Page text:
Simon Peter had an empty net problem. The name of his empty net was ‘Failure’. It’s no fun to work your heart out all through the dark night and find you’ve got nothing to take home when morning light appears. And if it’s happened more than once…well, you know. Pretty soon life becomes all about that old empty net, with its great big upper case ‘F’ stamped on it, and everything else fades from sight, right?
I’ve been there, trust me….more often than Simon Peter had fish dinners.
Maybe your net doesn’t have an ‘F’. Maybe it has an ‘S’ for Shame, a ‘D’ for Dumb, an ‘R’ for Rejected, or a ‘W’ for Why. There’s no shortage of empty, stifling nets vying for our undivided attention.
Typically, Simon Peter’s empty net had stolen center stage and had become his only perspective. Entwined in its fibers he was unable to see what Jesus could see – an unprecedented school of fish poised to break that empty net and usher in a brand new season in Simon Peter’s life-journey.
But the morning was to end vastly differently to the way it had begun. Simon Peter looked up from his nets and his fishing and fell in love….with Christ. ‘Don’t be afraid’, Beloved smiled back, or more literally ‘Stop being fearful’. And with a twinkle in His eyes: ‘Fish make a nice catch, but people are better.’
And then the fisherman left all – nets, business, boats – and followed His Messiah. Forever.
We read this Bible narrative found in Luke chapter 5 and we marvel at the miracle of the fish. But the beautiful wonder of what happened that day on Galilee Lake is not so much the great catch of fish as it is the broken nets that just moments before had lain empty and ugly in the fisherman’s hands, a symbol of fruitless toil.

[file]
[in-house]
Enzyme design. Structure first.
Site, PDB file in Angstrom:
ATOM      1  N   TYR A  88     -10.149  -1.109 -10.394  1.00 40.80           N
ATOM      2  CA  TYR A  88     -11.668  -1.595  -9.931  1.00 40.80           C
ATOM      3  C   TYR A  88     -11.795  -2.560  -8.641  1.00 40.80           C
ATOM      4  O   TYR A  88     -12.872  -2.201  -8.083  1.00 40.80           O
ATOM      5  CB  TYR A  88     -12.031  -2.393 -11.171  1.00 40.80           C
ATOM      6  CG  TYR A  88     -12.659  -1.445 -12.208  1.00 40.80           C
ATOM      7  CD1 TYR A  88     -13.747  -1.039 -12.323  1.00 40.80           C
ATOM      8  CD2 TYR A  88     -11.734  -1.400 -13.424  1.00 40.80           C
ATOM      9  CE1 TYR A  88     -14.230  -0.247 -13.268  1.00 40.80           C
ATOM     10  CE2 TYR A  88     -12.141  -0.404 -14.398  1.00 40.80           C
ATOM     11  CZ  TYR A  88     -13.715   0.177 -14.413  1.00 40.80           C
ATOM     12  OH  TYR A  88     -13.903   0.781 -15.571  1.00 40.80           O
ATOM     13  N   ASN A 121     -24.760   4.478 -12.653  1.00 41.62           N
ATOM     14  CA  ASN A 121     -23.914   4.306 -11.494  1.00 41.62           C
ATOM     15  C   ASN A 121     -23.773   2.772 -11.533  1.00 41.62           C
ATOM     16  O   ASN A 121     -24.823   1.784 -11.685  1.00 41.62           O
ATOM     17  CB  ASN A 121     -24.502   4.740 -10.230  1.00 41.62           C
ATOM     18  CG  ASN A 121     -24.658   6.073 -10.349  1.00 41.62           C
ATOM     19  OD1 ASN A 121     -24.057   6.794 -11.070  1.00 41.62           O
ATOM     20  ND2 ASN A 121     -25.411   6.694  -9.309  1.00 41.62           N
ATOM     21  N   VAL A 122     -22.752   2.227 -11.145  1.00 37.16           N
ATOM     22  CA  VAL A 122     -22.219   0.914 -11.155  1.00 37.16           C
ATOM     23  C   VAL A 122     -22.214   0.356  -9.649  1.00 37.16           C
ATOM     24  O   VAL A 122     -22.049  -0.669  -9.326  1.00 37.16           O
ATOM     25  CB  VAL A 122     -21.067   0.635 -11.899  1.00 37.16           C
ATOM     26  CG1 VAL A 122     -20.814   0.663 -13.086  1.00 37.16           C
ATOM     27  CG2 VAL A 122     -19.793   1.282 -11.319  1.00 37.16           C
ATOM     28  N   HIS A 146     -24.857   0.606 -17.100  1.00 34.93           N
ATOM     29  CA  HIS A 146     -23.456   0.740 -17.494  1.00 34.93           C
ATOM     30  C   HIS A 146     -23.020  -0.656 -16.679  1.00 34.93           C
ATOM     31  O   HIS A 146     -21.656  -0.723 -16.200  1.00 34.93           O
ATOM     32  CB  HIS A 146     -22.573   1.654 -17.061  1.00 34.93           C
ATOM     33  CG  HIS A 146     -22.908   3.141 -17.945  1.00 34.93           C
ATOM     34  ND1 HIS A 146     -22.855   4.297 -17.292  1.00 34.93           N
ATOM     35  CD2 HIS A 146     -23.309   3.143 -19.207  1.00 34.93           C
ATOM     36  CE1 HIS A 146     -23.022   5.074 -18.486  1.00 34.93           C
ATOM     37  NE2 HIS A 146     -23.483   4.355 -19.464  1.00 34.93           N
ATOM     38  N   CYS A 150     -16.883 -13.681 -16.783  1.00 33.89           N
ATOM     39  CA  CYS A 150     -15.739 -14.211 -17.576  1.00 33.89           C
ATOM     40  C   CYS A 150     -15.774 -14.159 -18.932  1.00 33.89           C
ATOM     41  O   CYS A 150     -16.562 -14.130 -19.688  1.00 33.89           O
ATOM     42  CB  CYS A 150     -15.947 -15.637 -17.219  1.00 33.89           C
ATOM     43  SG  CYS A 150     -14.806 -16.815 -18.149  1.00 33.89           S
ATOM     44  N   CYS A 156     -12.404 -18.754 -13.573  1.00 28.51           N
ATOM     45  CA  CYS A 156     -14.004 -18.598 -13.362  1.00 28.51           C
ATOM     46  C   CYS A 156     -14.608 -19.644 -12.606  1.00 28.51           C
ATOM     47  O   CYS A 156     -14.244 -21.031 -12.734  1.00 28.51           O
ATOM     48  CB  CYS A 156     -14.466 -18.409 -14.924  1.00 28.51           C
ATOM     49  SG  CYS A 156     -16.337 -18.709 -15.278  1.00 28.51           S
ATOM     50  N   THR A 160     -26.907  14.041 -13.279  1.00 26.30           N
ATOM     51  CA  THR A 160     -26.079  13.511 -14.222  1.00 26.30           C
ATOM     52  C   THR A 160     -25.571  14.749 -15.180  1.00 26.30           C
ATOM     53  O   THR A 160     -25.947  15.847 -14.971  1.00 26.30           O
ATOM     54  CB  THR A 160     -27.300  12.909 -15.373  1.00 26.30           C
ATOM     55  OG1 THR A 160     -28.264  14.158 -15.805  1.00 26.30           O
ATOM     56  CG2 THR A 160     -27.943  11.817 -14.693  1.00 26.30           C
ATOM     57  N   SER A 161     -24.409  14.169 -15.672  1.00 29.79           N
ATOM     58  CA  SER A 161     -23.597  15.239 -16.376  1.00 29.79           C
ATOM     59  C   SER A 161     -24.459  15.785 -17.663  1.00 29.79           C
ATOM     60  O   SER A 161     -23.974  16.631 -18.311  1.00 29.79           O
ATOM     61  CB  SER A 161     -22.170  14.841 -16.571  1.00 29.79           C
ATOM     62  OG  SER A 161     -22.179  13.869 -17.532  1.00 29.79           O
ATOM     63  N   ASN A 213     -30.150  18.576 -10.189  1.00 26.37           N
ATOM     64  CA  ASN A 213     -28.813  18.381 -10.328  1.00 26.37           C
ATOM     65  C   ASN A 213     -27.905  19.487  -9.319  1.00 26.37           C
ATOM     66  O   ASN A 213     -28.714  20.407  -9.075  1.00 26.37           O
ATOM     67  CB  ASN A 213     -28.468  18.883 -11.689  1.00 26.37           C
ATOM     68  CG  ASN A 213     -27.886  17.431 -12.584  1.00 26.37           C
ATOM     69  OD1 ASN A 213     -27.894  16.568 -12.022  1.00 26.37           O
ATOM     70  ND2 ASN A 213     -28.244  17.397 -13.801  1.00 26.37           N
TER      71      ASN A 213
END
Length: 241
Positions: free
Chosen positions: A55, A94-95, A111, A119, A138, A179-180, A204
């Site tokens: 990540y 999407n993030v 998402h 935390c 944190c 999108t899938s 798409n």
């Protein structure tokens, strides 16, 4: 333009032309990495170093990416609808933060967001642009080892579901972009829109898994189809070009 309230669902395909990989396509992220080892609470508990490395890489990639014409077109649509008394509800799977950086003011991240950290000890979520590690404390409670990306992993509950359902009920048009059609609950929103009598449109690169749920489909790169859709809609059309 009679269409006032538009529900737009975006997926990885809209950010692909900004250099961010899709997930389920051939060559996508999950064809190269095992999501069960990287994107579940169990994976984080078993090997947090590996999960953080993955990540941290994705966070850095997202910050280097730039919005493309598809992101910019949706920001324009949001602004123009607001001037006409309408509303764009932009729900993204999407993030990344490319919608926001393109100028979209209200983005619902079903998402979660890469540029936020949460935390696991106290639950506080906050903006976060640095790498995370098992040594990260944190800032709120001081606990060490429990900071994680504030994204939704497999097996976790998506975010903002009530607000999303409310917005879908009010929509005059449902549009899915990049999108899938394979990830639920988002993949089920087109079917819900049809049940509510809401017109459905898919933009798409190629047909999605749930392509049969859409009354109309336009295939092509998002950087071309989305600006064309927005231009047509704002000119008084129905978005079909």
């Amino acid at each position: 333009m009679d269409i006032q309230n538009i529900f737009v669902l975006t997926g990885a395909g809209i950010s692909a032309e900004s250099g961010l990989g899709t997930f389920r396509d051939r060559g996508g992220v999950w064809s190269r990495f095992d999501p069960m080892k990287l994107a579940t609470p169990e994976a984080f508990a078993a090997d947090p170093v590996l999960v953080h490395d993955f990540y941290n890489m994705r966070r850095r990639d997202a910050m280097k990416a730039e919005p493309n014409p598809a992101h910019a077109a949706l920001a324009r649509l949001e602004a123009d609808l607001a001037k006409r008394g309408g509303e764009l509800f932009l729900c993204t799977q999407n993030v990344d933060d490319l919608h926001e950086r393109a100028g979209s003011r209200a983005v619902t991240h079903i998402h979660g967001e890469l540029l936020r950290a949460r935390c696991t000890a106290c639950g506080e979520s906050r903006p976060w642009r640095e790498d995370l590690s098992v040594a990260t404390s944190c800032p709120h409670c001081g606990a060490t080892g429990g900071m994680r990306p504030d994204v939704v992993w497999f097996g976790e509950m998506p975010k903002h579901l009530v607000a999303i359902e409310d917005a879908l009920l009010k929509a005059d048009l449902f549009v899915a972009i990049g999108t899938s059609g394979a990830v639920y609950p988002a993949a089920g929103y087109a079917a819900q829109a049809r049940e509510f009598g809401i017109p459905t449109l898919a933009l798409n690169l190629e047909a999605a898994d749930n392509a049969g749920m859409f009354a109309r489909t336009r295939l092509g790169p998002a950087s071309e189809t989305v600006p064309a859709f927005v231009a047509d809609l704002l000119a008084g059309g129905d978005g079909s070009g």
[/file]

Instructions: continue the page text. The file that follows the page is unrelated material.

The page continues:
Our journeys are not yet completed. The ink has not dried on our histories. Our Lord is not done with us. He is peering through the empty nets we so often wear as shrouds, calling us onward to new journeys and spiritual vistas as yet unimagined. He loves us too much to leave us entwined in our empty, suffocating nets. He believes in us too much to let us go home to bed.
Simon Peter could have continued clinging indefinitely to his toxic empty net, allowing it to go on defining his life and his future. He very nearly did.
We too can live paralyzed and defeated by our empty nets, like a discouraged Shulamite lamenting: ‘I have taken off my robe; how can I put it on again? I have washed my feet; how can I defile them?’² Can anyone identify?
But a gentle familiar Voice whispers: ‘Come with Me out into deeper water, and let go of your net. This journey’s not finished, I have so much more to show you. You have already given up so much for Me, but to follow Me further you need to surrender that old empty net that is slowly crippling you. Trust Me, I know what I’m doing’.
May you hear the Filler of Empty Nets whispering to your spirit this day. And may all your empty nets be broken.
²Song of Songs 5:3
© Cheryl McGrath, Bread for the Bride, 2015 and beyond. Copyright Notice: Permission is granted to freely reproduce any Bread for the Bride articles in emails or internet blogs, unaltered, and providing this copyright notice is included. To permanently display an article on any static website please contact me for permission.